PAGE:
It does not go well, when just days ago, when this hit the fan as well:
“Double-digit inflation keeps threatening the macroeconomic conditions of the country as the headline inflation rate hit 10.8pc last month, according to the Central Statistical Agency (CSA)- the highest since October 2015. It is in contrary with the target of the government in the second edition of Growth & Transformation Plan (GTP II) to keep inflation in a single digit. The hike in the price of cereals such as teff, maize, wheat, barley, beans and sorghum coupled with holiday-driven price upsurge is the primary reason for the inflationary pressure last month, keeping the food inflation stagnant around 13pc.“As September is a time of multiple holidays, it is believed to influence the increase in the inflation rate,” the report of CSA reads” (Berhane, 2017).
That the cash crunch and the double-digit inflation hits the Republic is not a good look. The proof of the currency value falling, lack of hard currency and new Multi-National loans proves that the Financial Sector and Financial Institutions are strained. There is nothing more to give, it is just bones and not meat. It is just a matter of time before the boiling bones gives no taste to stew as well!
In addition, you the economy is bonkers when their agency spread out this sort of tales, at the time the devalued currency is told to the public on other platforms.
This is from the Ethiopian News Agency:
“The diplomats, who observed the government’s direction at the joint session of the parliaments, whom ENA has talked to also forecasted the country`s economic growth to be amplified in better manner referring the current stability of the nation. Ambassador of Bangladesh to Ethiopia Monirul Islam said the growth that Ethiopia’s economy has witnessed was ‘wonderful’ despite the drought and other problems. “It was 10.9 percent and this year I hope it will be more than that because there is a good rain, everything is good, the state of emergency has been lifted and everything is normal”. “So I think the economy should perform better especially in the agriculture sector as well as in the industry sector”, he pointed out” (ENA, 2017).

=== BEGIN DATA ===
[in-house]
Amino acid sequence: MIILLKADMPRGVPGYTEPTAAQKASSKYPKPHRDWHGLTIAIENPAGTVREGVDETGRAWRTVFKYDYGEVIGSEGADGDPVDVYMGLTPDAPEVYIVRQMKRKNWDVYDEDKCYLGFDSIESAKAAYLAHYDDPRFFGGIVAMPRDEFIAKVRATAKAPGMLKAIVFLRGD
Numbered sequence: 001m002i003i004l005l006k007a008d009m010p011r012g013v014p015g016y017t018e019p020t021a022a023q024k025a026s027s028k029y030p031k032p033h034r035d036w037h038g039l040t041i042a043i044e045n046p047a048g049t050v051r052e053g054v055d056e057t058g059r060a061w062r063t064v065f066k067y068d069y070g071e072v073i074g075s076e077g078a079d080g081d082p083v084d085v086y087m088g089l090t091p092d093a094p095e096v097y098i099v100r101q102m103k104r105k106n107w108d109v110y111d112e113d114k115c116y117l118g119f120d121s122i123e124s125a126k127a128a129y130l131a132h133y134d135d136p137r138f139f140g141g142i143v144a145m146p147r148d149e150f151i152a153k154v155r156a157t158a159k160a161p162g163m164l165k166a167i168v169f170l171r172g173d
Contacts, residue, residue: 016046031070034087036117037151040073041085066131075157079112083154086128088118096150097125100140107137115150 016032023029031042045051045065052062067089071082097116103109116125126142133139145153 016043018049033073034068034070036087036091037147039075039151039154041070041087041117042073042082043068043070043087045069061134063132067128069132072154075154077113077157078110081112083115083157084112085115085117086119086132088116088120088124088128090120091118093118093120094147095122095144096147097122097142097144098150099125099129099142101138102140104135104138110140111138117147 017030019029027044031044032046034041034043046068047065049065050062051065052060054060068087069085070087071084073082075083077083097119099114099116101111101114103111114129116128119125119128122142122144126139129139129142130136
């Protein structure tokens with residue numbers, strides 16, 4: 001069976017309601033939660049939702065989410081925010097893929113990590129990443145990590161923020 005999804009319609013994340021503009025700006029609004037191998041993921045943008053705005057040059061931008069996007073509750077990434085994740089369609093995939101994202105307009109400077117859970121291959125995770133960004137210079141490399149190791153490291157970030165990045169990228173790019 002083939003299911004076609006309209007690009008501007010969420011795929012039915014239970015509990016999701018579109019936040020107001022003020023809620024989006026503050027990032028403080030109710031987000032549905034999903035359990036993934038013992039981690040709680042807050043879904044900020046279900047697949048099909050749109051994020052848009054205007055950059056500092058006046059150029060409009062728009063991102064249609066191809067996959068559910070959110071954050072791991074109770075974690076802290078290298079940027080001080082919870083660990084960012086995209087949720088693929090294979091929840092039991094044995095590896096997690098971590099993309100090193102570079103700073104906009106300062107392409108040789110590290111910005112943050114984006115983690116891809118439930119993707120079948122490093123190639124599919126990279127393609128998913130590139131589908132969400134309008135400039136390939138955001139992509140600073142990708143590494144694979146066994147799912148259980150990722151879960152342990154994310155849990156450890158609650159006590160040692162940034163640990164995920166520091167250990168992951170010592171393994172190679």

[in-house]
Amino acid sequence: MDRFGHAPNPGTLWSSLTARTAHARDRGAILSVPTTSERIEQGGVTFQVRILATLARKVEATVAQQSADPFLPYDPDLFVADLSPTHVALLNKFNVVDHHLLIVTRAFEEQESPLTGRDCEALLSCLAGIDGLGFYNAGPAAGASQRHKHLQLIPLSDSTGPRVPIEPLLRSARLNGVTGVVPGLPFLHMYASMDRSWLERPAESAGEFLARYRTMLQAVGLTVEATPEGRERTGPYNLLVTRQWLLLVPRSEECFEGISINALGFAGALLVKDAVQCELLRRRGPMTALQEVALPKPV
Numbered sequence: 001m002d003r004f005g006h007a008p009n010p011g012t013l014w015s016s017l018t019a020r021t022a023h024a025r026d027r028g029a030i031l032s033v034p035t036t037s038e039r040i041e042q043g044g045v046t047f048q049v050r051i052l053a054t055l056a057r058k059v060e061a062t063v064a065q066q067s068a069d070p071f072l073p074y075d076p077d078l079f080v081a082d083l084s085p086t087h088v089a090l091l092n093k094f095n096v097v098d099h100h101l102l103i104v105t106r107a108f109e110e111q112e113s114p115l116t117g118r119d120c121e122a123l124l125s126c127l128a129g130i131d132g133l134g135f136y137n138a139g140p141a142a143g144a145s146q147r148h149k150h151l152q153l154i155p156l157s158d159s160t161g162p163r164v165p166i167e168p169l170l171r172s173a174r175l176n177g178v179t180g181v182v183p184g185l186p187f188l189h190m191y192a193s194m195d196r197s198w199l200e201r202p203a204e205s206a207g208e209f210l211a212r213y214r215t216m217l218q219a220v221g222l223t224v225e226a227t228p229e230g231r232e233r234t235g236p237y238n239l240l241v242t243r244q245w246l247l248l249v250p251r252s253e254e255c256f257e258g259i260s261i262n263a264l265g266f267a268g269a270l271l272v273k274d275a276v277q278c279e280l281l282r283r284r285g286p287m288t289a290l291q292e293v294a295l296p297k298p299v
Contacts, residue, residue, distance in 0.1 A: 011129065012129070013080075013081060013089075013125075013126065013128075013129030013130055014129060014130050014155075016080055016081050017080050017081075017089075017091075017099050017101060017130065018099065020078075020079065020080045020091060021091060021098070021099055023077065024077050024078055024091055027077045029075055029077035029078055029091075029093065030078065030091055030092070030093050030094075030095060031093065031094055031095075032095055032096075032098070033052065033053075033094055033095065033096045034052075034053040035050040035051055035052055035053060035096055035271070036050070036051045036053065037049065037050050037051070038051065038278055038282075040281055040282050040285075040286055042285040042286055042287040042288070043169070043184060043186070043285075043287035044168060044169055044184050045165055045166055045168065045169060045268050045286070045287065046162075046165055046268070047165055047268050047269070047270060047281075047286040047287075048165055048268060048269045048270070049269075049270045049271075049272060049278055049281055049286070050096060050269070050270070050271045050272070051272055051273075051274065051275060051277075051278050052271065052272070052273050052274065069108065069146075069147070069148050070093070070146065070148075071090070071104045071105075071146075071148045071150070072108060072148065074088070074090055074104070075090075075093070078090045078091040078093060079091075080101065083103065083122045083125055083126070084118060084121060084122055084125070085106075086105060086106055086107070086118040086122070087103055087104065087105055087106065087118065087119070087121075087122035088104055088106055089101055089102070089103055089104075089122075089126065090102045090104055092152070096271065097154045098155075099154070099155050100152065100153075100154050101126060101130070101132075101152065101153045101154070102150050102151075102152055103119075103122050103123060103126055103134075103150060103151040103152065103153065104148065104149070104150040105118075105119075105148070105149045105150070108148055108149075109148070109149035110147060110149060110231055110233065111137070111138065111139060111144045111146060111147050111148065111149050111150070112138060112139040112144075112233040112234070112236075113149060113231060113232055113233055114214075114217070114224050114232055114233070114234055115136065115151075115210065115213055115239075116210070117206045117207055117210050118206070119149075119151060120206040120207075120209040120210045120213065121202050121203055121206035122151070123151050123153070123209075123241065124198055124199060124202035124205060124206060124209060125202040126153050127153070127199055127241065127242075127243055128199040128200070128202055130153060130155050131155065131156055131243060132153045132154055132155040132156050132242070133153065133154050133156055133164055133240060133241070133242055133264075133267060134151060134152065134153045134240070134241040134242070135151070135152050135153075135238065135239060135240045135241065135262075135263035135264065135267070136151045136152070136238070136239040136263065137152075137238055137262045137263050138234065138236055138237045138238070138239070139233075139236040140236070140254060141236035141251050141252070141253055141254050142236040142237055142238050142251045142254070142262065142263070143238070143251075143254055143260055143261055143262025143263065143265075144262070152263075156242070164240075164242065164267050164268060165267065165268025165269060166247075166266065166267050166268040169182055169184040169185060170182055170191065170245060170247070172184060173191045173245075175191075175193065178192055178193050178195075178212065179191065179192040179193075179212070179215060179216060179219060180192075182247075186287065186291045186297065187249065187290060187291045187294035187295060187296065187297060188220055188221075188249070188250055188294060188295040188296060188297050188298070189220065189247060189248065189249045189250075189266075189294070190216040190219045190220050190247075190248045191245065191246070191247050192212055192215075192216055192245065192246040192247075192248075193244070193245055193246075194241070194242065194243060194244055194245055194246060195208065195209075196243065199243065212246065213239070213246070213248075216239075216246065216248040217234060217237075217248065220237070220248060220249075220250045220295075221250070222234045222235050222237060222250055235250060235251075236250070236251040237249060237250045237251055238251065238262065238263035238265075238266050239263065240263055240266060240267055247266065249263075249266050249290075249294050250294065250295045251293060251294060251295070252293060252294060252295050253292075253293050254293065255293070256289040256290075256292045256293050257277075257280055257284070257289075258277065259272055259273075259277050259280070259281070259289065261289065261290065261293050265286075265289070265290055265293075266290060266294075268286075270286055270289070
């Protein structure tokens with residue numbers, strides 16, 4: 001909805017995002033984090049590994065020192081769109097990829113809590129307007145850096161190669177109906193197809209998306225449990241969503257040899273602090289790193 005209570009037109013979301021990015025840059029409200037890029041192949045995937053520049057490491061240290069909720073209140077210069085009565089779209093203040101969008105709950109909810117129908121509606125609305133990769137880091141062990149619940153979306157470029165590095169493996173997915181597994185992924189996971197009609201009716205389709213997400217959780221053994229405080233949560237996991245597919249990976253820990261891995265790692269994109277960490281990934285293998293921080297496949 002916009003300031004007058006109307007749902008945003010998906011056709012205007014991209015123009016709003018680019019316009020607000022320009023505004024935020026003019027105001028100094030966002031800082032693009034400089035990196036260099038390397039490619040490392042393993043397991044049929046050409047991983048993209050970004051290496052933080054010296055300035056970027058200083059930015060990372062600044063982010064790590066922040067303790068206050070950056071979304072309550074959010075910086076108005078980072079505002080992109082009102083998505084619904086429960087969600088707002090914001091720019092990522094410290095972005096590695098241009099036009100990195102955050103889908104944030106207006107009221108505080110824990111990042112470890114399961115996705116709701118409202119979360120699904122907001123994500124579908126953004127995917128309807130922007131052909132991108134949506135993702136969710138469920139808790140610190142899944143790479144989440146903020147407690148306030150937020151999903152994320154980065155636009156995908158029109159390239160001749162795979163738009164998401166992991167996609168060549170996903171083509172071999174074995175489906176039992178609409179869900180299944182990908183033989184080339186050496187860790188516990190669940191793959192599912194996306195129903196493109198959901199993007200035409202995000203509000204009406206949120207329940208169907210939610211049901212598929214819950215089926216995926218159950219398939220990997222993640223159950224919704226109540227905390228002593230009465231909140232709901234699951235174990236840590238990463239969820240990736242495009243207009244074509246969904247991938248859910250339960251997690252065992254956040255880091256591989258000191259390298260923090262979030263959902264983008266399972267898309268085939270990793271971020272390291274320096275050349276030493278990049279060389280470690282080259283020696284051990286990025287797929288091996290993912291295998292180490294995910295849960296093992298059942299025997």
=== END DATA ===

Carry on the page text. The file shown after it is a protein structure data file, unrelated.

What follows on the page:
I do not know if Ambassador Islam lives in alternative reality or trying to sugarcoat the situation of the dire economic state that the Republic is facing, but it makes good propaganda for the ones who still want the fantastic picture spread around the globe. That the Ethiopian economy is sound and still growing. However, it is hard to grow when you lack currency, you have growing inflation and you are borrowing more funds. I do not know, which economy or financial system that it works splendid in. Certainly not this one.
In addition, the news of the financial rising tiger or lion of Ethiopia has been a mirage, a fraud and play for the world to see. At this stage and in time, it is far from it. The Ethiopian economy is plummeting and at amp speed. If you eat up the crap the ENA serves you, it must certainly serve your kind, but it is not reality. The President even said so, the reports are striking and the added loans proves the dire state.
The ones who is the most hurt. It is the citizens who needs the hard currency to buy food and live, they are punished for the reckless care of the financial system. They are the ones who suffers, because of how the state decided to conduct their affairs. They are the ones who feels the inflation, the rising prices and still has to get by. It is not right, but that is how it is. The Ethiopian government should subsidize and make sure the people get enough. However, do not expect that. This is from the same government that sent Agazi squad to Amhara and Oromia to kill and destroy. They do not care, unless they have too or if it keep them in power. Peace.
All Africa – ‘Ethiopia: World Bank Assents U.S.$1.3 Billion Finance to Ethiopia’ (30.09.2017) link: http://allafrica.com/stories/201710090243.html?utm_campaign=allafrica%3Aeditor&utm_medium=social&utm_source=twitter&utm_content=promote%3Aaans%3Aabljpw
Berhane, Samson – ‘Gov’t Sees Double Digit Inflation, Again’ (08.10.2017) link: https://addisfortune.net/articles/govt-sees-double-digit-inflation-again/
ESAT – ‘Ethiopia President Says Country is Broke’ (09.10.2017) link: https://www.tesfanews.net/ethiopias-president-says-country-financial-crisis/
ENA – ‘Diplomats Laud Economic Performance of Ethiopia’ (10.10.2017) link: http://www.ena.gov.et/en/index.php/economy/item/3814-diplomats-laud-economic-performance-of-ethiopia